Mr. Cowboy: How John Smith said goodbye to Oklahoma State wrestling

Mr. Cowboy: How John Smith said goodbye to Oklahoma State wrestling

John Smith climbed through windows and ran stairs to achieve OSU wrestling greatness, which was celebrated Monday as he retired as the Cowboy coach.

Berry Tramel

By Berry Tramel

| Apr 16, 2024, 1:00pm CDT

Berry Tramel

By Berry Tramel

Apr 16, 2024, 1:00pm CDT

Berry Tramel produces two newsletters every week. To receive his newsletters, go here.

STILLWATER — Sometimes walking through Gallagher-Iba Arena, John Smith will gaze at the stairs on the east side.

The stairs he would run at 2 a.m., because somewhere in Russia it was 4 p.m., and he hated the Soviets, and he couldn’t stand to think the Russian wrestlers were working out while he was resting. So Smith would climb through an old Gallagher Hall training room window, which he often cracked open earlier in the day, and start running those steps.

Smith hated those steps. He wouldn’t run them all year long. Just in the six to eight weeks before big competitions.

Decades later, even in the middle of matches while coaching OSU for 33 seasons, Smith would catch his eyes wandering to those eastside stairs.

“Such a long memory over a lot of years,” Smith said. “Six years. It gave me the edge. We’re all looking for that edge. It gave me the edge”

The ultimate Cowboy, Mr. OSU Athletics, America’s most decorated wrestler for more than three decades, finally lost his edge Monday.

The man who conquered all those witching-hour stairs didn’t even make it down the aisle of the Boone Pickens Stadium team room. As family and friends and colleagues rose to their feet, applauding in honor of a 40-year Cowboy, Smith stopped and wiped his eyes.

He looked over at his mother, 90-year-old Madeline Smith, and said, “Hey, Mom, you can’t start crying.”

Before his retirement press conference even began, Smith was stopped by emotion. Powerless to go on. Smith finally knows how his rivals felt when he was winning six straight world or Olympic gold medals, mostly with a low-single-leg takedown that turned him into a wrestling phenom and eventually the ultimate OSU icon.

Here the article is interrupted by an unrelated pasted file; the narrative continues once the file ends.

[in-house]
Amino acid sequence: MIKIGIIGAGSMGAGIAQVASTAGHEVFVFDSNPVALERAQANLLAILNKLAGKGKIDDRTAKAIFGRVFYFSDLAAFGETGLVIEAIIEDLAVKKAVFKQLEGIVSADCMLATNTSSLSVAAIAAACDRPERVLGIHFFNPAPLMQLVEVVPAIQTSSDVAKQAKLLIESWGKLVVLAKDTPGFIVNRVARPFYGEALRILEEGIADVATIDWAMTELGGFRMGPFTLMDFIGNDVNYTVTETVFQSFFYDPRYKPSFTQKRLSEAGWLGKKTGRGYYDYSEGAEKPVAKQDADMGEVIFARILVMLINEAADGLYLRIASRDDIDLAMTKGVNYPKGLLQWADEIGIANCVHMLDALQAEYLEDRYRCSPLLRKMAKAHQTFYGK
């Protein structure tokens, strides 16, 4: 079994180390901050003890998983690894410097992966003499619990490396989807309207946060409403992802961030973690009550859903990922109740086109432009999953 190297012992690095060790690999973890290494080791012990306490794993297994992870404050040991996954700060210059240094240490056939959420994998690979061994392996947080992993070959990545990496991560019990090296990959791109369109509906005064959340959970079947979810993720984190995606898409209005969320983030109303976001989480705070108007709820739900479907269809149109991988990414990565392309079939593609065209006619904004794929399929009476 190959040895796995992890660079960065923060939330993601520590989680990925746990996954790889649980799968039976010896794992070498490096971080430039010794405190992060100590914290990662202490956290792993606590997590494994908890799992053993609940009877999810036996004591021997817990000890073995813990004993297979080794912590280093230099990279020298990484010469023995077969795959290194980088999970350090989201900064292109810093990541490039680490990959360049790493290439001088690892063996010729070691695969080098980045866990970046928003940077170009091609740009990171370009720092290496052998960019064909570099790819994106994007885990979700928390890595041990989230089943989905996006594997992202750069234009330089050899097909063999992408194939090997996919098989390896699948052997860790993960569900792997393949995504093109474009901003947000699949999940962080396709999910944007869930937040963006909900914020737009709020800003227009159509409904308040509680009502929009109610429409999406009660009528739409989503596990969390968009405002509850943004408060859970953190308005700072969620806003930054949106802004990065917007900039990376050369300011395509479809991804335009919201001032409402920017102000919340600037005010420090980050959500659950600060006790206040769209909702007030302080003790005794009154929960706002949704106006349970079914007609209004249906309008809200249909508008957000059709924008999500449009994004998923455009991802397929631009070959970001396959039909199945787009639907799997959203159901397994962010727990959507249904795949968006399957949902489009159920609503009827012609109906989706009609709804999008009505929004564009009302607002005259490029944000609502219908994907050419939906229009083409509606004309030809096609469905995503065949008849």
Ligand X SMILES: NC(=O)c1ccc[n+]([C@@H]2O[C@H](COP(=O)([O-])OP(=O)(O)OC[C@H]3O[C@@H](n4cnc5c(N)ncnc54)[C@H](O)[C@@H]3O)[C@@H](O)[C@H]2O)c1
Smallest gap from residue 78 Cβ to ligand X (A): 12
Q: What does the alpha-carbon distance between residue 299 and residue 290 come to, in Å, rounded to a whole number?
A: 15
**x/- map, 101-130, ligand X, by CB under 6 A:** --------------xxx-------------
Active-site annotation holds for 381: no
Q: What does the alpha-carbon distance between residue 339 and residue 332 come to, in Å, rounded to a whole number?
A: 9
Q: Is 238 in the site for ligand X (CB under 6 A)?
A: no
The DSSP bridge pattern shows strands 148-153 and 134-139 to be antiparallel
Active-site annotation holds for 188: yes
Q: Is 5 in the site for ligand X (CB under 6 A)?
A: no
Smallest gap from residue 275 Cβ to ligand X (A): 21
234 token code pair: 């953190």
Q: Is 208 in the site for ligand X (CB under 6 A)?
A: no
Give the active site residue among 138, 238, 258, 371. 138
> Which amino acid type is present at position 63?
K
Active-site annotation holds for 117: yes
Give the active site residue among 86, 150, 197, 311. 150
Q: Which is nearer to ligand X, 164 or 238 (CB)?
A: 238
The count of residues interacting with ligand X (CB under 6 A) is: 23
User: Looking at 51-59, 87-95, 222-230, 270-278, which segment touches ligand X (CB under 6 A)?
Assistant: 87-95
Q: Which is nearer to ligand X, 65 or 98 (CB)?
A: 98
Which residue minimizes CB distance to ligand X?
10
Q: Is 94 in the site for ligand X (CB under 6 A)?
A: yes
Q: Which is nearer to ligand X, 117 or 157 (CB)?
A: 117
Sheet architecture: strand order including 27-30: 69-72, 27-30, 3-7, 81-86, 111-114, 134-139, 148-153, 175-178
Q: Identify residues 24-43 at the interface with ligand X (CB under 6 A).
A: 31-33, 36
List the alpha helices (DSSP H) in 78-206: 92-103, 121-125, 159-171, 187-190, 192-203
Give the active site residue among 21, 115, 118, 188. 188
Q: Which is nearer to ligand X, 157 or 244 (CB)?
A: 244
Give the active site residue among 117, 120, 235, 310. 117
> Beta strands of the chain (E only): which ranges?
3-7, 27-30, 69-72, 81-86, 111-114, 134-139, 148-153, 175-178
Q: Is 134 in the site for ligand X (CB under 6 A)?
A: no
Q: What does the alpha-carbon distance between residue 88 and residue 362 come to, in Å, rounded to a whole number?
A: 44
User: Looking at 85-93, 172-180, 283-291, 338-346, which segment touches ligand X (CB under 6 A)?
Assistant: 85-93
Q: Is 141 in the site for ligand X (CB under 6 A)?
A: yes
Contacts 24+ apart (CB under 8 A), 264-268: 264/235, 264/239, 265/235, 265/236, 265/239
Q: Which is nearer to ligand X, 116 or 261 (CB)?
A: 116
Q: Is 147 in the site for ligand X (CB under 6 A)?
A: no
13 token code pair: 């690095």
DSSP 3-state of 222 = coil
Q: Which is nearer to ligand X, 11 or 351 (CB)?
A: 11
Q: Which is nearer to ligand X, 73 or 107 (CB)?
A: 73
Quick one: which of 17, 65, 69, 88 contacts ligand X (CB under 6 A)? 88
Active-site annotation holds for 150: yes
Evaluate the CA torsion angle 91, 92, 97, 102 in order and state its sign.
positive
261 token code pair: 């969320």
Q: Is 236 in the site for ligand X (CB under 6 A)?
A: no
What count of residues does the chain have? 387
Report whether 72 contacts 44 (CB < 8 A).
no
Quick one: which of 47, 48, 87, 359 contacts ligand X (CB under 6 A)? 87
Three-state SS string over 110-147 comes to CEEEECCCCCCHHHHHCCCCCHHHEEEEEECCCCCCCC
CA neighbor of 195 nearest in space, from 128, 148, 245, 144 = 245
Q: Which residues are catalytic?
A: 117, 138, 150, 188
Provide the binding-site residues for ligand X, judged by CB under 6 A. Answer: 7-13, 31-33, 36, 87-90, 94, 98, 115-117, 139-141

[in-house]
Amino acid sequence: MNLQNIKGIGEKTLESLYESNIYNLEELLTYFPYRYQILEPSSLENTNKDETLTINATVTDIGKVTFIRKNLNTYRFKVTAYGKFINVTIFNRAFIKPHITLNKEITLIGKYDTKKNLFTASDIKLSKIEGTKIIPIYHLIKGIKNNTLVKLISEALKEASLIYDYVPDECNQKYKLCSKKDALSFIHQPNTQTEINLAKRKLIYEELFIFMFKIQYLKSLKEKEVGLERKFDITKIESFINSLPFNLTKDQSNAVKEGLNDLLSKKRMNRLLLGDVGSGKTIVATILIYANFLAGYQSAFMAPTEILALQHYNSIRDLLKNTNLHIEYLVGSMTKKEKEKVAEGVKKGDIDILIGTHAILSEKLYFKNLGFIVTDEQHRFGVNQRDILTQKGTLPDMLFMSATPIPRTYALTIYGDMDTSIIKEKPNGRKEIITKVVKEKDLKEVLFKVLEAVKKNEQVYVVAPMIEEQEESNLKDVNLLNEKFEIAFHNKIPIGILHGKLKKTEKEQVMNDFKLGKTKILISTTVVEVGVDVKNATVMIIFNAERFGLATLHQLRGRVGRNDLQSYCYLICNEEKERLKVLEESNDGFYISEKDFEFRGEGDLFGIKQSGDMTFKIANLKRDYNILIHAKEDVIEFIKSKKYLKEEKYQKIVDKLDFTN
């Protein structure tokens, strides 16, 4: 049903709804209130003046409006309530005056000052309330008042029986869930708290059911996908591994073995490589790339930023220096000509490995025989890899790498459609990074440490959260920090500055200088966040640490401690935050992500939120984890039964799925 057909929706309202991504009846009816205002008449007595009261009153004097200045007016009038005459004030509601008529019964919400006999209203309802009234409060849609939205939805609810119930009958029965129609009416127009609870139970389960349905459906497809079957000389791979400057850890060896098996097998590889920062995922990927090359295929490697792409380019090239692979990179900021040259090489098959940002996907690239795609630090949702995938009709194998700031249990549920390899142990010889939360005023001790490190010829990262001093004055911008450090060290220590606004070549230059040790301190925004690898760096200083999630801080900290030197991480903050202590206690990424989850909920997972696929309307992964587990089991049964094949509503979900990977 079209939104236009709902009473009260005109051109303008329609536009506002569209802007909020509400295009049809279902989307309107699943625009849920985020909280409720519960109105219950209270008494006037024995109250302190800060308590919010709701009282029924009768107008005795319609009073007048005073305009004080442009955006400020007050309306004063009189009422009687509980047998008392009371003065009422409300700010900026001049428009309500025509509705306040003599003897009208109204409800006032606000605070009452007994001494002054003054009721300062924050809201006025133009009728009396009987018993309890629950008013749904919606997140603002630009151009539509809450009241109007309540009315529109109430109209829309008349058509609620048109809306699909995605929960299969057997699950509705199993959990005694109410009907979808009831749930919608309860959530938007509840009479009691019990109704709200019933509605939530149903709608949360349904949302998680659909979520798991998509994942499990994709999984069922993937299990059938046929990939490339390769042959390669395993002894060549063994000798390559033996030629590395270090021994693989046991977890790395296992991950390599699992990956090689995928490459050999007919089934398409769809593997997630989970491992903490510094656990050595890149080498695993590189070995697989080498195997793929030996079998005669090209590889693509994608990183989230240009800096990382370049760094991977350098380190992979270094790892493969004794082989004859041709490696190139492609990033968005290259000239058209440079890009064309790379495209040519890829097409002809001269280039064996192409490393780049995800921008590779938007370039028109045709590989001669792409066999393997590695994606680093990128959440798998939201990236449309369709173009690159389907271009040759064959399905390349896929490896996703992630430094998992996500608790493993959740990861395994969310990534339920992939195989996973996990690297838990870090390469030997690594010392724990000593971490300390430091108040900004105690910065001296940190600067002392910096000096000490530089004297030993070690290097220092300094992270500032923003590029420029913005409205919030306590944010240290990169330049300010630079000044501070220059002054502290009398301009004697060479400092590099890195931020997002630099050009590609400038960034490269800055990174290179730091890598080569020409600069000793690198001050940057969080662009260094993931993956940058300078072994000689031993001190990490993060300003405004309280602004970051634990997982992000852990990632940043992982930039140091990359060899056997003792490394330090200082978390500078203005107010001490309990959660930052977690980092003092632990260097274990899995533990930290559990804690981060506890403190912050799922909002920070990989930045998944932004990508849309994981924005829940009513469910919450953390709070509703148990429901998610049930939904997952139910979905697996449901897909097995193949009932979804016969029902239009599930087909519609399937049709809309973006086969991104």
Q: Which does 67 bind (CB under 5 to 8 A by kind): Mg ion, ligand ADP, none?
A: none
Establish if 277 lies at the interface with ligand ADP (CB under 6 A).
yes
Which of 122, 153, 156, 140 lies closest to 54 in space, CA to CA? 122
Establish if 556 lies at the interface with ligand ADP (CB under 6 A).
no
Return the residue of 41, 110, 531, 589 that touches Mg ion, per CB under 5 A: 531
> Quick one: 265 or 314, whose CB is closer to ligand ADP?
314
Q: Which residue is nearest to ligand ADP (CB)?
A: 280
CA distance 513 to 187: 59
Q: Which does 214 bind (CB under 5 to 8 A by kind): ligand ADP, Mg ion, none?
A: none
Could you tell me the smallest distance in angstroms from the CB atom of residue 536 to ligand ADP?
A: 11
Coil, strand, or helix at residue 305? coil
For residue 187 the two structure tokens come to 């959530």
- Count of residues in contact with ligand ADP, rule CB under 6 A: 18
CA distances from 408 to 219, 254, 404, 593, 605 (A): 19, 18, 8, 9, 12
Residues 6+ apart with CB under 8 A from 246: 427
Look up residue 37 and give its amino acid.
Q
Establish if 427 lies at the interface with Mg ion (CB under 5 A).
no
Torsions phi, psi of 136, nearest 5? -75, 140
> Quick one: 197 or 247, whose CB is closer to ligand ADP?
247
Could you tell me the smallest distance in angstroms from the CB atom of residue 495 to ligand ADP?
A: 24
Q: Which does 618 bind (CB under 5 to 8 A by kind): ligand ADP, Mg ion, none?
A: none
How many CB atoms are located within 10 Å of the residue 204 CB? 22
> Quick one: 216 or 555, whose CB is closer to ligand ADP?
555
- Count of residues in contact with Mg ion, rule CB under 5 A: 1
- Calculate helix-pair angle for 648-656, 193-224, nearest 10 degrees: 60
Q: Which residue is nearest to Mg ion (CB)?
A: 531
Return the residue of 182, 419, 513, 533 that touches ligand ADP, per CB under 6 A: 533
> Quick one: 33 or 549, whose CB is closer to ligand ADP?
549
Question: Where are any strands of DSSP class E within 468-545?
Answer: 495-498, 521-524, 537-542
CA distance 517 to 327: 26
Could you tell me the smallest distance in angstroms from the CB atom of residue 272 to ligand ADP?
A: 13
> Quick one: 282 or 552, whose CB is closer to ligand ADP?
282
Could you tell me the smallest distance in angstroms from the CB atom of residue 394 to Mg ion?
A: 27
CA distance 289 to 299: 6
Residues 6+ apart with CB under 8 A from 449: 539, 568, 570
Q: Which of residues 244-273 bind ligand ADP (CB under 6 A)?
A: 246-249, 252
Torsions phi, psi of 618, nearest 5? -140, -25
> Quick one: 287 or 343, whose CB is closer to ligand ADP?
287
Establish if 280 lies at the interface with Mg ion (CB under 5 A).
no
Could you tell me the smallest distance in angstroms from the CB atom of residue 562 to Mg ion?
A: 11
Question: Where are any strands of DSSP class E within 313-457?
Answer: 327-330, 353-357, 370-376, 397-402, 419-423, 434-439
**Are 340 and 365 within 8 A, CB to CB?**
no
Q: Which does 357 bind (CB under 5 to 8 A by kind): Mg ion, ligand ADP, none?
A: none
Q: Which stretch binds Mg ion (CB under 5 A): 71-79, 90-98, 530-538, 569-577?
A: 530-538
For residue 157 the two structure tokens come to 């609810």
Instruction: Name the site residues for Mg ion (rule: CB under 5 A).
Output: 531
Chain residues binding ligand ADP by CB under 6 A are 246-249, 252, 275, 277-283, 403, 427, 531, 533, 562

Usually stoic, often plain-spoken, always committed to doing what was right. Nothing pretentious about John Smith, right down to his name.

He’s the greatest of Cowboys. The ultimate champion and a 33-year coach who led OSU to five NCAA team titles? In a sport near and dear to all things Stillwater?

Who can match that legacy? John Smith is Henry Iba and Bob Kurland combined. Smith trumps Eddie Sutton and Mike Gundy and Mike Holder.

OSU athletic director Chad Weiberg told of being a junior-high kid, his dad on Paul Hansen’s basketball staff, and going to wrestling matches at Gallagher, sitting on the old wooden bleachers, circa 1985, and watching Smith compete. 

Weiberg didn’t know much about wrestling, “but even with that, I knew then that I was watching greatness,” Weiberg said.

“Fast forward to now, and through the years, when we would have regular meetings about normal things, he would get up from the table and he would leave the office and I would be like, ‘Holy hell, that was John Smith.’”

The only athletic statues on campus are Barry Sanders and Boone Pickens. Smith should be next (should have been first?), but it might not be wise to put it up while Smith still is walking Planet Earth. He’s liable to reach in on one of those bronze ankles and send it toppling to the ground. The Soviets know the feeling.

But Smith didn’t spend Monday talking about his effect on OSU. Smith spent Monday talking about OSU’s effect on him.

“I didn’t make it, it made me,” Smith said of his alma mater. “I got to be a part of something that was incredible. I got to be a part of the legacy. I got to be part of something that, when you get your ass knocked down, it’s a lot easier to get up, because of the program around you.

“I sure didn’t start that, but I for darn sure helped to keep it. I feel really blessed that my whole career here — as a young kid, as a student-athlete and as a coach — I feel blessed that I’ve been a part of something that I get to always be a part of.”

Smith, 58, talked of walking into Gallagher Hall at age 10, when his first hero, older brother, Leroy III, had signed with OSU and launched the Smith family’s Cowboy roots. Along the Gallagher halls hung ancient photos of past Cowboy champions, sitting in 30-cent frames.

“Most beautiful thing I ever saw,” Smith said.

Those old-timers, some of whom Smith was blessed to meet as part of OSU’s unmatched wrestling tradition, motivated him that he, too, could get his picture on the wall.

Old Gallagher Hall — renovated in 1987 to Gallagher-Iba Arena, then expanded in 2000 — became Smith’s second home, to go with that house on 14th Street in Del City, where Leroy II and Madeline Smith raised 10 kids.

In that house, Smith learned aggression with his brothers and discipline from his parents.

Years ago, former OSU athletic director Harry Birdwell told me that of all the coaches he encountered over decades of Cowboy interaction, the coach he could count on the most to always — always — do things right was John Smith.

On Monday, I asked the ultimate Cowboy from where he got that trait.

“Right over there,” he said, pointing at Madeline Smith.

He calls his mom a “rattlesnake.” He means it.